The economies of the Middle East are largely dependent on oil revenues. In a bid to wrangle out of this dependency, countries like Qatar and the UAE are looking into various avenues, one of them being healthcare. Chinese medical tourists are being seen as an attractive market.
Attracting Chinese medical tourists
Despite achieving tremendous economic growth over the past decades, the medical system in China has been plagued by several problems. For one, the huge population constantly keeps the healthcare system overburdened. Secondly, many of the hospitals are really not up to the mark, failing to achieve international standards. And finally, some medical treatments are not available in the country.
Due to these issues, many Chinese opt to travel abroad to resolve their health conditions. Traditionally, places like the U.S., Japan, Thailand, and Singapore have been the first choice of Chinese medical tourists. Now the UAE and Qatar want to cash in on this lucrative demand.
“We have already seen a steady influx of patients who previously went to the European Union for treatment… The next step is partnerships with Chinese medical institutions and health care providers,” Shujahat Shah, an international health consultant at Sidra Medicine in Qatar, said to South China Morning Post.
In 2017, Qatar announced visa-free travel for Chinese citizens. This had an immediate positive effect. While the overall number of tourists declined in the first half of this year, the number of visitors from China has risen by 30 percent.
The UAE set up its Healthcare City way back in 2002. At present, the area has more than 150 clinical partnerships. To tap into the Chinese market, Healthcare City has planned a partnership with a company from Macau to offer traditional Chinese medicine (TCM).
Estimates for outbound Chinese medical tourists range from 500,000 to 3 million. The figures are expected to climb over the coming years and the Middle East is preparing to welcome Chinese medical tourists.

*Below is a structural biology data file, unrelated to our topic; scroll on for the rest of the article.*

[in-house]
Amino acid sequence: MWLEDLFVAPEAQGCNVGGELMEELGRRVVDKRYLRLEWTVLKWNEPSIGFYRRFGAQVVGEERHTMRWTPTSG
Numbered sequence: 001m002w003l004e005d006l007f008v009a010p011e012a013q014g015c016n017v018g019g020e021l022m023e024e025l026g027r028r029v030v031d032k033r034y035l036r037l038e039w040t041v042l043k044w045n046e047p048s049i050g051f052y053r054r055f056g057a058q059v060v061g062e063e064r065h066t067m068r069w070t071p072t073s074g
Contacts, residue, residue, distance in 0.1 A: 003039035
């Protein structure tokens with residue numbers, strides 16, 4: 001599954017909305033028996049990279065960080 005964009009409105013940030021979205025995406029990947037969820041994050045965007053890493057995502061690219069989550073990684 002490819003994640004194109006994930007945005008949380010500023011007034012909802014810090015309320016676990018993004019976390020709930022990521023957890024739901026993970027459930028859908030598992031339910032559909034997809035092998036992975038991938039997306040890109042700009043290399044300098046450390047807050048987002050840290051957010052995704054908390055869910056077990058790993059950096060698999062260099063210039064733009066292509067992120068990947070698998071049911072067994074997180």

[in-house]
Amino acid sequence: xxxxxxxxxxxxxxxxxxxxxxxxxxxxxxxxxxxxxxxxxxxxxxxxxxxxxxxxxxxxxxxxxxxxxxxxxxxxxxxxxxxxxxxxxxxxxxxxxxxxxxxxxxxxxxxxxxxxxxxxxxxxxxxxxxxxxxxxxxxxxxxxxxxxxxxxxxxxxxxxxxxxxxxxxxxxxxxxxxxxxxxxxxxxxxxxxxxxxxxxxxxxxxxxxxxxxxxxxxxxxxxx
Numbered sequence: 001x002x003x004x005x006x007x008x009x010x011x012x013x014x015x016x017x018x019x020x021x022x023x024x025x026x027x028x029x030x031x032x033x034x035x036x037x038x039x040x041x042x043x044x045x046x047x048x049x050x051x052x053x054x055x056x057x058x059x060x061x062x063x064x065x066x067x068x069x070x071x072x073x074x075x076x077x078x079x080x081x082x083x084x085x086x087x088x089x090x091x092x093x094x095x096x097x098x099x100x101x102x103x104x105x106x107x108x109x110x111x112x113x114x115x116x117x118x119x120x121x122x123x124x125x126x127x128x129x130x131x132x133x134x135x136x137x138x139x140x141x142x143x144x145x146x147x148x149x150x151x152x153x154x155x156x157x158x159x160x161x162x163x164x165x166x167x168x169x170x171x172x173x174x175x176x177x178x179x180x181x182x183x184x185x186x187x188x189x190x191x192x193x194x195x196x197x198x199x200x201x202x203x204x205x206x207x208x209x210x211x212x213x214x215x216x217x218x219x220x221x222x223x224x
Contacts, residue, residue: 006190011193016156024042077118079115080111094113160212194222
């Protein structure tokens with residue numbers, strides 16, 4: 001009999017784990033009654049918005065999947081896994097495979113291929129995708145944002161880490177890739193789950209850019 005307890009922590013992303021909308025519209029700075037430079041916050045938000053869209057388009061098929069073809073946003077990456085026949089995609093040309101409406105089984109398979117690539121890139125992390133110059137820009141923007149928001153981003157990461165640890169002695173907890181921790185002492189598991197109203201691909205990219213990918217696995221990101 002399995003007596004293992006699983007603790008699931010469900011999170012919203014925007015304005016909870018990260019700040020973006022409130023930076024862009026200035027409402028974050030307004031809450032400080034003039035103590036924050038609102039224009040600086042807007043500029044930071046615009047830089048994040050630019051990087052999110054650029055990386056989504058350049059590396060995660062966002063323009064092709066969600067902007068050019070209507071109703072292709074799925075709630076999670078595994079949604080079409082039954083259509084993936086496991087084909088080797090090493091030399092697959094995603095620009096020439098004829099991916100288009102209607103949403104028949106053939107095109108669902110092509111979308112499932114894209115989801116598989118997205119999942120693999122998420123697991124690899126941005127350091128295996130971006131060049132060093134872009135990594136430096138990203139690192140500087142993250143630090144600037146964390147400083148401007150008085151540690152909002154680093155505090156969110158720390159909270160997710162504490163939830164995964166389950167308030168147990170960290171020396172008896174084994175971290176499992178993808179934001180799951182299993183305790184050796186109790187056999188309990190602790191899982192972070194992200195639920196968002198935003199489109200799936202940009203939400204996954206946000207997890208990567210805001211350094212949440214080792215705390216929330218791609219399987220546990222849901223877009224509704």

Spread of TCM
China is aggressively promoting TCM on the global stage. In a recent tourism forum in Beijing, the World Federation of Chinese Medicine Societies announced that they would set up a committee to spread TCM health tourism worldwide.
China’s Ministry of Culture and Tourism and the State Administration of Traditional Chinese Medicine released a document in 2016 that details plans for setting up 10 demonstration zones and 100 demonstration bases of TCM Health Tourism.
In Hong Kong, plans for setting up the first Chinese medicine hospital is underway. Expected to launch by 2024, the 400-bed hospital is poised to be a “flagship Chinese medicine institution.”
“It is not purely a hospital which provides service, but one which leads the development of Chinese medicine sector in Hong Kong,” Dr. Cheung Wai-lun, project director of the Food and Health Bureau’s Chinese Medicine Hospital Project Office, said in a statement (South China Morning Post).
Next year, the WHO’s governing body, the World Health Assembly, will adopt the 11th version of its global compendium, also known as the International Statistical Classification of Diseases and Related Health Problems (ICD). For the first time in history, ICD will include details of traditional medical practices, including TCM.
This is expected to speed up the proliferation of the TCM health industry worldwide, making it an integral part of the global medical infrastructure. Over the past three years, TCM centers have been set up in over two dozen countries, including places like Dubai, Barcelona, and Budapest. With ICD inclusion, TCM centers are poised for explosive growth in the future.